HAVANA (Reuters) - Cuba said on Monday it was bringing forward the start of the national assembly session where a new president to succeed Raul Castro will be selected and it will last two days.
The assembly, whose members were selected in a March vote, had originally been set to meet on Thursday but will now start its “constitutive session” at 0900 ET (1300 GMT) on Wednesday.
The change was to “facilitate the development of the steps that a session of such importance requires,” the national assembly said on its website.
The session will conclude on Thursday, a day of symbolic importance as it marks the anniversary of Cuba’s 1961 defeat of a CIA-backed Cuban exile invasion at the Bay of Pigs.
Castro, 86, has said he will step down as president at the next assembly session after completing two successive five-year mandates. The man expected to succeed him is First Vice President Miguel Diaz-Canel, 57.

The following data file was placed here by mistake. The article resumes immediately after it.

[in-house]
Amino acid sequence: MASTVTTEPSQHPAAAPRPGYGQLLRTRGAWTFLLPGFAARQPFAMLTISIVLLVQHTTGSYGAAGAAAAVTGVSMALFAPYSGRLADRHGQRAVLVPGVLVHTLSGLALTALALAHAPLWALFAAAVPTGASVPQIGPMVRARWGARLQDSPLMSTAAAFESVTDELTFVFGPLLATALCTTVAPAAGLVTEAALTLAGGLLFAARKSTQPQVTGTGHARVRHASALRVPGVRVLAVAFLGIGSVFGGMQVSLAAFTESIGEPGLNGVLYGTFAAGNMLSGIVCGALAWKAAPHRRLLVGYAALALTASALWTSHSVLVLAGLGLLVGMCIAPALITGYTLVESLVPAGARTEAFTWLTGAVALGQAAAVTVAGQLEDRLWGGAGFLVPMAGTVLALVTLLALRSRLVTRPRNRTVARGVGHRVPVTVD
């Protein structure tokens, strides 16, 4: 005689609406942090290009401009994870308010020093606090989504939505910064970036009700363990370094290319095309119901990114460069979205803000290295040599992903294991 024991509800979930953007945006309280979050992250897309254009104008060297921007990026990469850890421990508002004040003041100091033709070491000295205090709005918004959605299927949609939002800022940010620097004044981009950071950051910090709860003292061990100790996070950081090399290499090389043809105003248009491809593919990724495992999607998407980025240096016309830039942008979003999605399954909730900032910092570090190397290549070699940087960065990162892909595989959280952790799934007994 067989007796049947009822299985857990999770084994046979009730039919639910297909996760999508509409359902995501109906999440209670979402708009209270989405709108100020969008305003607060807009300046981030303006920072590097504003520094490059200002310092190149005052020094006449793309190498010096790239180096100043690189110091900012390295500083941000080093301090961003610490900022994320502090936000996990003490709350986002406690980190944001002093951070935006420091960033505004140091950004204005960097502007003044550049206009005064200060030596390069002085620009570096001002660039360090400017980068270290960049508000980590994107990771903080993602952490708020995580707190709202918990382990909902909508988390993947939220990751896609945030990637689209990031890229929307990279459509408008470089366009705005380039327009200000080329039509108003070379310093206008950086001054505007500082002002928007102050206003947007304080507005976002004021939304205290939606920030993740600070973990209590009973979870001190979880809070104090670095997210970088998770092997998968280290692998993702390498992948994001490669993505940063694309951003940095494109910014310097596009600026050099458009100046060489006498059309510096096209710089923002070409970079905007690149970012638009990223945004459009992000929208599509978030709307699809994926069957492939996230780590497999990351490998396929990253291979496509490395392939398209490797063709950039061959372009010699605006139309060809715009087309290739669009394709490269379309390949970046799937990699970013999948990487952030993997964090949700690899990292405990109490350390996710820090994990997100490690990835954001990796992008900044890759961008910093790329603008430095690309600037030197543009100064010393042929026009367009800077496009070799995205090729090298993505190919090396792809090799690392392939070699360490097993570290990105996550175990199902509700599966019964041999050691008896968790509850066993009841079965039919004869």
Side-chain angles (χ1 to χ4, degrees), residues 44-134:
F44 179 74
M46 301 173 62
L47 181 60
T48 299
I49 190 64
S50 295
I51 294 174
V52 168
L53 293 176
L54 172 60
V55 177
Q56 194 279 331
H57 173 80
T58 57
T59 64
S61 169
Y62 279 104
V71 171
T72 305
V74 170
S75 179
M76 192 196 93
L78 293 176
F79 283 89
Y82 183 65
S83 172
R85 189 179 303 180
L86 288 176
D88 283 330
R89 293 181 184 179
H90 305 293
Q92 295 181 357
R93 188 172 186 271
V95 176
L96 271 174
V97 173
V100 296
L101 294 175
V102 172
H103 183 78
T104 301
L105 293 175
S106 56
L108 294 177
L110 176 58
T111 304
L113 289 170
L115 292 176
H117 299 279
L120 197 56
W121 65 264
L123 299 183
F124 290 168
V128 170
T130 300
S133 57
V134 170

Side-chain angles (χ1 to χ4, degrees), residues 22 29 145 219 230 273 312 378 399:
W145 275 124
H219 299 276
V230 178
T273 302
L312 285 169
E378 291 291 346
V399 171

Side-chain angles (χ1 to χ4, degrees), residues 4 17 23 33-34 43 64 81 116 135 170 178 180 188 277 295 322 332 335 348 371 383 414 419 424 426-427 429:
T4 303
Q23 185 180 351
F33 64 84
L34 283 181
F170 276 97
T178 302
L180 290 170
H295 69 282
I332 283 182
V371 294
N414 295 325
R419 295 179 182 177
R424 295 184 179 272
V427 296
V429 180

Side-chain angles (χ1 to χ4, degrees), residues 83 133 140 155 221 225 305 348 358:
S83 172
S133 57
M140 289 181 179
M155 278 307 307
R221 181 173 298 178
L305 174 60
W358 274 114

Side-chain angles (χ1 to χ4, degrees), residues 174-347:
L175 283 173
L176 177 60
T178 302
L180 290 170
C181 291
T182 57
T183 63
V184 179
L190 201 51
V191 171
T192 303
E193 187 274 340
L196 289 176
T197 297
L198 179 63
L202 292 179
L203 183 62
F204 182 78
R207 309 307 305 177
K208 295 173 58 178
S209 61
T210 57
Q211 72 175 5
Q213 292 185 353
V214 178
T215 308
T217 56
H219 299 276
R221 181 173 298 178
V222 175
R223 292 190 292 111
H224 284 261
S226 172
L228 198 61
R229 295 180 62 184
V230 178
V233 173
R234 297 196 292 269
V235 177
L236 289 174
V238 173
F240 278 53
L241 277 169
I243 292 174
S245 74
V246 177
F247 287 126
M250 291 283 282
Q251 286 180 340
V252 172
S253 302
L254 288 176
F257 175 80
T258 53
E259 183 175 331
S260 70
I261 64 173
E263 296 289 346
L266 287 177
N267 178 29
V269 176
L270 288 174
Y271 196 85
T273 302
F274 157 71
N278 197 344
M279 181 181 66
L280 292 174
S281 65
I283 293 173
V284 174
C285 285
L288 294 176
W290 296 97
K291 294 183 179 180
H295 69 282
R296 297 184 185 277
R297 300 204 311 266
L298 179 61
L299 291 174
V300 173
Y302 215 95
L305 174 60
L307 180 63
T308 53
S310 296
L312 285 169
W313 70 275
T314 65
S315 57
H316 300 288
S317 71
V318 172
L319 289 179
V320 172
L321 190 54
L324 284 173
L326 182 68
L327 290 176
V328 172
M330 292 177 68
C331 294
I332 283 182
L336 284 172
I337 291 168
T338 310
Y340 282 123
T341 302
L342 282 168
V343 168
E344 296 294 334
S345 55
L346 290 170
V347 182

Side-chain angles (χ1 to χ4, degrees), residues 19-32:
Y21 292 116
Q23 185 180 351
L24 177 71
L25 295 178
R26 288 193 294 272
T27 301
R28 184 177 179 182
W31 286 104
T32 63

Diaz-Canel would be the first president since Cuba’s leftist 1959 revolution to be born after it. Castro, who formally took over the presidency 10 years ago from his brother, Fidel Castro, will remain head of the Communist Party, Cuba’s sole political party.
The assembly is calling on Cubans to use the hashtag #SomosContinuidad (“We are continuity”) on social media during the two days it is meeting, reflecting the party’s desire to ensure stability above all.
The session will take place in the Palace of Conventions, the national assembly said, rather than its new seat, the Capitol, that is in the final phase of restoration work.
Reporting by Nelson Acosta and Sarah Marsh; Editing by Frances Kerry and Cynthia Osterman